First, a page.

salt of the earth (and sea).

I have long been an avoider of salt.  My friend Cindy once followed me around the kitchen with the salt, seasoning behind me because I tend to make things a little on the bland side. I’m a bit of a unicorn in terms of my culture, as Filipinos tend to prefer things pretty salty, but I take this as a bit of a blessing – I don’t have high blood pressure, which is said to be exacerbated by high sodium consumption.

But let’s be real – the human body absolutely needs salt to survive. Salt aids in fluid balance and neuromuscular function, and without it, we would literally die. The recommended daily amount of sodium has fluctuated over the years, but we’re advised to keep our intake between 1500 to 2300 milligrams (that is about 1/4 to 1 tsp. of salt per day).


Not All Salt is Created Equal

To make matters a little more complicated, the type of salt you consume matters. Here is a handy guide to the different salts you may come across, to help decide which is right for you!

Table Salt

Let’s get this out of the way – we all grew up eating this salt, the fine grained white stuff that fills the salt shakers at your local diner, but truth be told, it’s not great.  Made by superheating natural salt to nearly 650 degrees Celsius, all the benefits are burned right out of it. Additionally, the salt is then bleached, fortified with iodine, so it is quite processed and often includes anti-caking agents. Personally, I avoid this whenever possible, and opt for one of the more natural salts below.

Sea Salts

Simply, this is salt that is harvested from sea water via evaporation.  It is a lot less refined than table salt, which would typically make it a preferable choice over table salt. I have a large canister of sea salt that I use for general seasoning when I cook, and alternate it with Kosher salt (a textural preference).  However, as the oceans get more polluted, it is possible that sea salts are having to undergo more processing in order to remove any debris and other pollutants.  In this category of sea salts is Sel gris or Grey Salt (also known as Celtic Sea Salt), Gros Sel (bigger granules), and Fleur de Sel (more delicate in texture, great as a finishing salt), and Maldon Salt (another finishing salt).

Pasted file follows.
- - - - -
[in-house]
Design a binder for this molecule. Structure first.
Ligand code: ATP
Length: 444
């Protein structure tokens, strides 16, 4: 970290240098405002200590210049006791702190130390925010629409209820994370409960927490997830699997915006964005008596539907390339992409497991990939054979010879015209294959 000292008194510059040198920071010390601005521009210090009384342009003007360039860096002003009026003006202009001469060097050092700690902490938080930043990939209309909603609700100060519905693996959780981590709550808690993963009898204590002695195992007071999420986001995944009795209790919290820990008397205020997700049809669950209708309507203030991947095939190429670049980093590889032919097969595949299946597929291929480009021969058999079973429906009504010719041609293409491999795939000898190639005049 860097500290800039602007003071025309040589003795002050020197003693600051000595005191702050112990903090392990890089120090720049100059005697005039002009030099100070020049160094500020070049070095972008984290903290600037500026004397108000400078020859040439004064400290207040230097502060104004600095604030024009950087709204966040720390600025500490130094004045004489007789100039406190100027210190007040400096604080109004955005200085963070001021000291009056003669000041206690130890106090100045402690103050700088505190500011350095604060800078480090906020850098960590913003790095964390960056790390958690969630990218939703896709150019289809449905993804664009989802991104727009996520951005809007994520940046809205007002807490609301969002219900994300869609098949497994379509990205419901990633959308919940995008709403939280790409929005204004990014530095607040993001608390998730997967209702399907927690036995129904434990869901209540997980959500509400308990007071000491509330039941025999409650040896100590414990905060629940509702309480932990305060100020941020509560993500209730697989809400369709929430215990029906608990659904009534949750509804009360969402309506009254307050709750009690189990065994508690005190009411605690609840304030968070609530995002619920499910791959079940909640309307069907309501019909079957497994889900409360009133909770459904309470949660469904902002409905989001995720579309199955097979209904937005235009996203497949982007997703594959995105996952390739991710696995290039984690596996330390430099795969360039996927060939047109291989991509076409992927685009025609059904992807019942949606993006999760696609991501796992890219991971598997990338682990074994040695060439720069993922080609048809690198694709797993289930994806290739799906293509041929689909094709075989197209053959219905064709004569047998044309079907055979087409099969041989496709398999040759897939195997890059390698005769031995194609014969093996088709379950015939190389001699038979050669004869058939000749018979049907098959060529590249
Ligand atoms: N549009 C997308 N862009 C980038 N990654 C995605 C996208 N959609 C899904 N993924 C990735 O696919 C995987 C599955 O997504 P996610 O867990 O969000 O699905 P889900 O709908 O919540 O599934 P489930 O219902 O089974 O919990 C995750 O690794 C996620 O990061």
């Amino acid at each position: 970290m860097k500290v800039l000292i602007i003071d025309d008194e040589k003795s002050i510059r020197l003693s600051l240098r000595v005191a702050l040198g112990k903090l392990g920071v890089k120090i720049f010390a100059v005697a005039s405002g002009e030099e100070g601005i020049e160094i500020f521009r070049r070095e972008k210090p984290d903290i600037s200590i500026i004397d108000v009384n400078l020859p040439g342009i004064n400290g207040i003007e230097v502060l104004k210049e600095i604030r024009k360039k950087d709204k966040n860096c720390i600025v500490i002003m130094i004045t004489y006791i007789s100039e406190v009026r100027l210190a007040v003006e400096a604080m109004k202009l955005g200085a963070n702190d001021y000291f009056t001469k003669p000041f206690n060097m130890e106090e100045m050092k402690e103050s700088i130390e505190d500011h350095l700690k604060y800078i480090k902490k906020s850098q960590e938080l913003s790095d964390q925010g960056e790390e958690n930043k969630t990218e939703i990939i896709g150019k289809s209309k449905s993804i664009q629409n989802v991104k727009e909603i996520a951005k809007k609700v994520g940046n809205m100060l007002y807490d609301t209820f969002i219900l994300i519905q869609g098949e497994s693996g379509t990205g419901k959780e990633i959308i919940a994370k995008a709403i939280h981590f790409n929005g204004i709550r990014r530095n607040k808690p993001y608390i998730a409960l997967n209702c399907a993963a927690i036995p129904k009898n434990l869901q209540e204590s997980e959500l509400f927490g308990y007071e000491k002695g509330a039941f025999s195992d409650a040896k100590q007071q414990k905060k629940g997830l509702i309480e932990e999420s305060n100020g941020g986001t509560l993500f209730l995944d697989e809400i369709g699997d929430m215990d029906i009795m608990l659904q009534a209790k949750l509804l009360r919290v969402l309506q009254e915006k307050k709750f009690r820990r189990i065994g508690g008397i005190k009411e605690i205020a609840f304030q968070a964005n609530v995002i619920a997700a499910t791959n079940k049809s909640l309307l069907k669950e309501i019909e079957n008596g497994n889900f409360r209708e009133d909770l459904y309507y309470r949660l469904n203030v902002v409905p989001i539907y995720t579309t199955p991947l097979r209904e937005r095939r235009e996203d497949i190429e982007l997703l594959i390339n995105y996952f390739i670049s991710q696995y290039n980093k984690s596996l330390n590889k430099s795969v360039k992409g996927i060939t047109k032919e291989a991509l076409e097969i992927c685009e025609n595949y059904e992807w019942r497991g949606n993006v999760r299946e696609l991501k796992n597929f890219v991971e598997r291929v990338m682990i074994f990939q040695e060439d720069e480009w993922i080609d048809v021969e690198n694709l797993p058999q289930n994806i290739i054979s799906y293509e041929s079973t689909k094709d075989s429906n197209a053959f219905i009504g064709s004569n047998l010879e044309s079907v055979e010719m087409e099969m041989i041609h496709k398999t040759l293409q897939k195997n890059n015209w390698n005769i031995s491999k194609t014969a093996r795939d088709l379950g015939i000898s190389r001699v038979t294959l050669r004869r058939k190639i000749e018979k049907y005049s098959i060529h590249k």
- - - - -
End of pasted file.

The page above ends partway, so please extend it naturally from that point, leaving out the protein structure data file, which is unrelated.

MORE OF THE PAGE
Hawaiian Red or Black Salt

This salt comes in either coarse or fine grains, and is technically another sea salt.  Harvested using solar evaporation, this salt often appears damp in the package. The color of black salt comes from the addition of activated charcoal, an ingredient that aids in digestion. For red salt (also known as Alaea salt), the color is attributed to the native volcanic clay that lines traditional Hawaiian salt ponds, giving the salt a boost of iron oxide.  These minimally processed salts have tons of trace minerals like magnesium and potassium that help regulate blood pressure and bodily function.

Himalayan Pink Salt

I often hear people call this Pink Sea Salt, but this salt isn’t pulled from seawater like the ones I mentioned above. Mined from ancient salt deposits in the Himalayas (the Khewra Salt Mine in Pakistan, to be exact), this pure salt has had virtually zero contact with the pollutants of the outside world.  Himalayan pink salt can range in color from nearly white to deep red, and is a staple in my kitchen, but can also be used around the home (we have two Himalayan salt lamps) and in the bath (much like Epsom salts).

The bottom line: there are so many different types of salts on the market that it can be confusing and overwhelming to choose your favorites – just keep in mind that less processed is best!  Got a favorite salt?  Tell me about it in the comments below!

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fiendishly fond of cooking, SoulCycle, Pilates, green smoothies, and Korean spas.

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